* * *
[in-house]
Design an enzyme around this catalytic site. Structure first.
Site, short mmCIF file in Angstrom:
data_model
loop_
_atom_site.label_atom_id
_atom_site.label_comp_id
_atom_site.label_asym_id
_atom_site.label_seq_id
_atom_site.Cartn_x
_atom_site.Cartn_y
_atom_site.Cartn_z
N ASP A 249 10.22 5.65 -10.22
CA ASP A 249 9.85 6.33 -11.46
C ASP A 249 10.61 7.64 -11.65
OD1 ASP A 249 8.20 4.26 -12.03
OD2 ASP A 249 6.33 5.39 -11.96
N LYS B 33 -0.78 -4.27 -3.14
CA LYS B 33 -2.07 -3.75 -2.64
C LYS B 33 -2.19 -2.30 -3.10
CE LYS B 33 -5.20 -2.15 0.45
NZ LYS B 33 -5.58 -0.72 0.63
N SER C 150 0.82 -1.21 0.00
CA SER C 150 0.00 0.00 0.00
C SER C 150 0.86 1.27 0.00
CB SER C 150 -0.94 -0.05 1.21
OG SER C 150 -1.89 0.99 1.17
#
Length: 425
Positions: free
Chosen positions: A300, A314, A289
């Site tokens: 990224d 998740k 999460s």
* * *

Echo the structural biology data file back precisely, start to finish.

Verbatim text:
[in-house]
Design an enzyme around this catalytic site. Structure first.
Site, short mmCIF file in Angstrom:
data_model
loop_
_atom_site.label_atom_id
_atom_site.label_comp_id
_atom_site.label_asym_id
_atom_site.label_seq_id
_atom_site.Cartn_x
_atom_site.Cartn_y
_atom_site.Cartn_z
N ASP A 249 10.22 5.65 -10.22
CA ASP A 249 9.85 6.33 -11.46
C ASP A 249 10.61 7.64 -11.65
OD1 ASP A 249 8.20 4.26 -12.03
OD2 ASP A 249 6.33 5.39 -11.96
N LYS B 33 -0.78 -4.27 -3.14
CA LYS B 33 -2.07 -3.75 -2.64
C LYS B 33 -2.19 -2.30 -3.10
CE LYS B 33 -5.20 -2.15 0.45
NZ LYS B 33 -5.58 -0.72 0.63
N SER C 150 0.82 -1.21 0.00
CA SER C 150 0.00 0.00 0.00
C SER C 150 0.86 1.27 0.00
CB SER C 150 -0.94 -0.05 1.21
OG SER C 150 -1.89 0.99 1.17
#
Length: 425
Positions: free
Chosen positions: A300, A314, A289
């Site tokens: 990224d 998740k 999460s």